Conclusions: There is a high prevalence of erectile dysfunction and associated treatable cardiovascular risk factors in Israeli men aged 25–55, especially those with diabetes. 






[1] SHIM = Sexual Health Inventory for Men


March 2007
A. Melman, N. Bar-Chama, A. McCullough, K. Davis and G. Christ

Background: Ion Channel Innovations has developed a gene transfer product, ftMaxi-K, and has begun clinical trials to investigate the effect of increased expression of Maxi-K channels in the smooth muscle of the penis or bladder in patients with erectile dysfunction and those with overactive bladder. The primary function of K channels is to modulate Ca++ influx through Ca-channels (i.e., L-type, voltage-dependent). The amount of Ca++ that enters the cell through these channels is a major determinant of the free intracellular calcium levels inside the smooth muscle cell, which in turn determines the degree of smooth muscle cell contraction. Increased Maxi-K channel activity is associated with smooth muscle cell relaxation, resulting in, for example, penile erection and detrussor muscle relaxation. A phase I clinical trial that used dMaxi-K has been completed and a similar trial to assess safety of the transfer for overactive bladder is about to begin.

Objectives: To assess the safety and tolerability of escalating dMaxi-K doses by clinical evaluations and laboratory tests, and to measure efficacy objectives by means of the International Index of Erectile Function scale.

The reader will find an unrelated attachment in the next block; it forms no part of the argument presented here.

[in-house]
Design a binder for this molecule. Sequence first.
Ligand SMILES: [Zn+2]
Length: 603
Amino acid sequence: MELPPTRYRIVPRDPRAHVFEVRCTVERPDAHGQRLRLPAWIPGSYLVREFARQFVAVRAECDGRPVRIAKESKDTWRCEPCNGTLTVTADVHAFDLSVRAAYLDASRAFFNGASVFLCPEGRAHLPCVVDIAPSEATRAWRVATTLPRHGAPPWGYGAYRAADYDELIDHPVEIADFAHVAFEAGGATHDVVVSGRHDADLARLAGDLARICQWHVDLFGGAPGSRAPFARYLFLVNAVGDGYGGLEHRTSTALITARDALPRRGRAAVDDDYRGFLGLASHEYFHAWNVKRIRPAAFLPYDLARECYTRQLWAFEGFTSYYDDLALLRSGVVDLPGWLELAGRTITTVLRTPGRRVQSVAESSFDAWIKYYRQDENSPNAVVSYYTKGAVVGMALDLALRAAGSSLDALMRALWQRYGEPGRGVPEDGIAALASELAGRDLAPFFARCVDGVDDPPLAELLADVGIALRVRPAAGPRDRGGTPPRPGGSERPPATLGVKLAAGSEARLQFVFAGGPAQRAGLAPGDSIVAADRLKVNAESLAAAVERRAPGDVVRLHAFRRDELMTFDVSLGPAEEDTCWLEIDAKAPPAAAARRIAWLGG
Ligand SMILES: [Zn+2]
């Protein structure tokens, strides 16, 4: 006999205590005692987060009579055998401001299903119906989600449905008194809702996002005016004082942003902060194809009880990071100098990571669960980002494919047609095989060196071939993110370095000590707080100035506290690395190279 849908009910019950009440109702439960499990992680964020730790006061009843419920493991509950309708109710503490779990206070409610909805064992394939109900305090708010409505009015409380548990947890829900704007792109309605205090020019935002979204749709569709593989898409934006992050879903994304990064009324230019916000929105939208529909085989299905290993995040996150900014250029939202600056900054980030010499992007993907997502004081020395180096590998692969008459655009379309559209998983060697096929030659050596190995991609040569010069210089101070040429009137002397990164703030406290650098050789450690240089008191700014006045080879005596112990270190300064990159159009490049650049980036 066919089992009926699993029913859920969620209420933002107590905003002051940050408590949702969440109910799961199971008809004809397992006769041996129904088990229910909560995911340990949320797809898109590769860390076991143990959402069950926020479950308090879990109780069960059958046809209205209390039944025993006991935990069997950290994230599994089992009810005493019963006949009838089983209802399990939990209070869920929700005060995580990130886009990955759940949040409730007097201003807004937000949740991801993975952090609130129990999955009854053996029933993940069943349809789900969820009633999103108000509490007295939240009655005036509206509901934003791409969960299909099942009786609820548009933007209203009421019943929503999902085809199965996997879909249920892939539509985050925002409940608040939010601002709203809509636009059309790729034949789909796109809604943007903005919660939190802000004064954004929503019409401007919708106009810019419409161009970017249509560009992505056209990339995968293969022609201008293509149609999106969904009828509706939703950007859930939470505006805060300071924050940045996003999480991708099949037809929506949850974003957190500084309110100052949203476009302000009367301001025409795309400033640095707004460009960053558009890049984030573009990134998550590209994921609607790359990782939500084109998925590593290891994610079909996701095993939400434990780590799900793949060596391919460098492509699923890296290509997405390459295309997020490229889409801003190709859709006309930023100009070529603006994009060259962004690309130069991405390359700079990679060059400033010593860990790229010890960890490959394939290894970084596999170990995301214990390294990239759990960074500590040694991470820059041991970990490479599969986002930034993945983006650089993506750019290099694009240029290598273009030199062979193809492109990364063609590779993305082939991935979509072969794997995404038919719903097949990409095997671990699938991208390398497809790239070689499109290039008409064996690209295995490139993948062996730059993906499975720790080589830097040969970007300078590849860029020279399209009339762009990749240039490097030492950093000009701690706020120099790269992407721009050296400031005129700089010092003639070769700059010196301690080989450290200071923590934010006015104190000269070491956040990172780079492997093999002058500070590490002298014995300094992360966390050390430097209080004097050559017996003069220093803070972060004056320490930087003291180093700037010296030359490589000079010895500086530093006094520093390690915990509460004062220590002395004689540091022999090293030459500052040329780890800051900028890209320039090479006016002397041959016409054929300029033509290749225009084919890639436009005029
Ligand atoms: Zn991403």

Methods: In the erectile dysfunction trial 11 patients with moderate to severe erectile dysfunction were given a single-dose corpus cavernosum injection of dMaxi-K, a "naked" DMA plasmid carrying the human cDNA encoding for the gene for the a, or pore-forming, subunit of the human smooth muscle Maxi-K channel, hSIo. Three patients each were given 500,1000, and 5000 pg and two patients were given 7500 pg doses of ftMaxi-K and followed for 24 weeks. Patient responses were validated by partner responses.

Results: There were no serious adverse events and no dose-related adverse events attributed to gene transfer for any patient at any dose or study visit. No clinically significant changes from baseline were seen in physical evaluations (general and genitourinary), hematology, chemistry and hormone analyses, or in cardiac events evaluated by repeated electrocardiograms. Importantly, no plasmid was detected in the semen of patients at any time after the injections. Patients given the two highest doses of dMaxi-K had apparent sustained improvements in erectile function as indicated by improved IIEF-EF domain scores over the length of the study. One patient given 5000 (jg and one given 7500 [jg reported EF category improvements that were highly clinically significant and were also maintained through the 24 weeks of study.
Conclusions: Efficacy conclusions cannot be drawn from results of a phase 1 trial with no control group. However, the promising primary safety outcomes of the study and preliminary indications of effectiveness provide evidence that ftMaxi-K gene transfer is a viable approach to the treatment of erectile dysfunction and other smooth muscle diseases with targeted access